Rogue drones have nearly caused air accidents, have been used as offensive weapons, to deliver drugs to prisoners, and to spy on people. So how can we fight back?
This summer a packed Airbus A321 came within 100ft (30m) of disaster after encountering a drone at 15,500ft.
And the number of near-misses of this sort has trebled over the last three years, with 92 incidents reported last year in the UK alone. Dozens were classified as involving a serious chance of a collision.
“We are seeing an increase in reported incidents,” says a spokesman for the UK’s Civil Aviation Authority (CAA).
“A lot tend to be away from the airport, but some are very close, and we see them particularly around London.”
Drones are also being used by so-called Islamic State in Syria and Iraq as offensive weapons. On one occasion, a small number of drones carrying hand grenades were able to take out an entire Russian weapons depot.
And criminals and their associates have been using them to smuggle drugs and phones into prisons in the UK.
So what can be done to prevent drones from flying places they shouldn’t?
Several companies, including Droptec, OpenWorks Engineering, and DroneDefence have developed hand-held or shoulder-mounted “guns” that fire a net to trap a suspect drone.
They’ve already been used to protect heads of state on foreign visits and other dignitaries at international meetings.
For example, Droptec’s kit was used to protect US President Donald Trump on an official visit to Switzerland earlier this year – although the authorities won’t say whether it saw any action.
OpenWorks has also developed an automatic mounted gun that can identify, track and capture drones that fly within a prohibited area.
Other security firms have installed net capture tech into interceptor drones that can lock onto a rogue drone and disable it in mid-air. This type of system was deployed at the Winter Olympics in South Korea in February, and has been used by police in Tokyo for the last three years.
But such net capture guns are more useful if used in conjunction with other detection technologies.
Earlier this summer, Southend Airport trialled a drone detection system called Skyperion developed by the UK’s Metis Aerospace, which uses a combination of radio frequency detection and optical sensors to spot unauthorised drones.
“The trial was useful,” says Damon Knight, the airport’s head of air traffic services. “The manufacturer discovered a lot about the environment they would have to work in, searching for a wi-fi signal in an area that’s very hot in terms of wi-fi use.”
In other words, identifying a specific wf-fi signal coming from a drone and its controller in an area packed full of other wi-fi signals being accessed by phones and broadband routers is no easy task.
Metis Aerospace boss Tony Burnell says: “We’re looking at the protection of privacy and illegal and nuisance drones around football stadia, sports events, music venues and so on.”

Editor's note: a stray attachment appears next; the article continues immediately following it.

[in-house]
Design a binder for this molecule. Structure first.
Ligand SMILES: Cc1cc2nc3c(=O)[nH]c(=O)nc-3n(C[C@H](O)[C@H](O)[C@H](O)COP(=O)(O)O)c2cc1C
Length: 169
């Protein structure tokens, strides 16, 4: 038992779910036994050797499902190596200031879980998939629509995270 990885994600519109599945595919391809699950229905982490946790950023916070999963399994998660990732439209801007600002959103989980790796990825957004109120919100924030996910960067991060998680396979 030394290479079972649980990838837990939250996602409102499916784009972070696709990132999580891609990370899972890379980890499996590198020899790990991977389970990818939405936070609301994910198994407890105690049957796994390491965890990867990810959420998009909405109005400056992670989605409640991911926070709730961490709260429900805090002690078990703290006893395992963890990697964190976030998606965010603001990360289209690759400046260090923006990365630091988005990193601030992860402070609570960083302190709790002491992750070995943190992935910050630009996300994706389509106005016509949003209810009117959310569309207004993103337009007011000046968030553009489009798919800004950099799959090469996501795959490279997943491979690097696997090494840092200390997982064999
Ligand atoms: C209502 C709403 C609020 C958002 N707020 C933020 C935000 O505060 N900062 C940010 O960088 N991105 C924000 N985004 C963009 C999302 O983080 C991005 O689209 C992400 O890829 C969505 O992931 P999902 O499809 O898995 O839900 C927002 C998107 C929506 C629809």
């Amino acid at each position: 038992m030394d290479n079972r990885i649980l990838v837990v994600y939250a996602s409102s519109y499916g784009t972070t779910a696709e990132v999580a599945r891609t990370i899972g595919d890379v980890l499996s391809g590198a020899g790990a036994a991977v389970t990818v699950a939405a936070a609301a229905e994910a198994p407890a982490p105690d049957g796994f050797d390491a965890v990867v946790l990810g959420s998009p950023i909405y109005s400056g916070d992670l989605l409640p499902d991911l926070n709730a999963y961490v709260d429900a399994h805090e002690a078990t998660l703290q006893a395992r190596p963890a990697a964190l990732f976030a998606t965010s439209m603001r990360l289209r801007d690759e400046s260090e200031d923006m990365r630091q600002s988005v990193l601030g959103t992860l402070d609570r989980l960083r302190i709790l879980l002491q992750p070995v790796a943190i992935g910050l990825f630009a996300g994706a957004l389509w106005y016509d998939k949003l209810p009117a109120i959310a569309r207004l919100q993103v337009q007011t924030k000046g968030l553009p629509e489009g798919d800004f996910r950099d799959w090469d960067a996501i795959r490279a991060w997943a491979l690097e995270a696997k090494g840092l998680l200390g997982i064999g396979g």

Last year, Les Nicolles Prison in Guernsey installed a system called SkyFence developed by tech firms Drone Defence and Eclipse Digital Solutions.
A series of sensors around the perimeter of the prison identify any incoming drones. Once alerted to an intruder, the system fires up multiple radio transmitters that emit a signal designed to overwhelm the drone’s radio transmissions.
This interrupts the connection with the operator and stops the drone proceeding any further.
And as most drones are programmed to return to their last point of control if the signal is lost, it gives law enforcement a chance to track the drone and trace the operator.
But one problem with all these drone detection and neutralisation systems is that they require a high level of technical competence on the part of the operator. Outside the military, this isn’t always easy to achieve.
“Drone detection is a requirement of many agencies that can’t afford to have trained experts with knowledge of these systems,” says Mr Burnell.
“They want automatic detection… and to do that needs a lot more automation and understanding to get a high level of detection and a low level of false alarms.”
The answer, he says, is to train the anti-drone system using artificial intelligence (AI).
“The AI is machine learning, training the computer to learn rather like a human does,” he says.
Tempting as it might be, civilian organisations aren’t allowed simply to shoot down nuisance drones – in the UK at least. That’s left to the military.
“There’s a lot of legal issues – notwithstanding the danger of a drone crashing to the ground and potentially injuring somebody,” says Mr Knight.
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For its part, the industry is doing what it can.
For example, most major drone manufacturers incorporate geo-fencing – the ability to recognise no-fly zones and avoid them using a combination of GPS and Local Radio Frequency Identifier (LRFID) connections, such as wi-fi or Bluetooth.
Meanwhile, larger drone users are required to register in the US, the UK and some other countries. But neither of these measures is terribly hard to bypass.
Instead, governments around the world are considering whether to allow anti-drone systems to be installed more widely, not only at prisons and airports, but also at large public events.
Come in rogue drone, your time is up.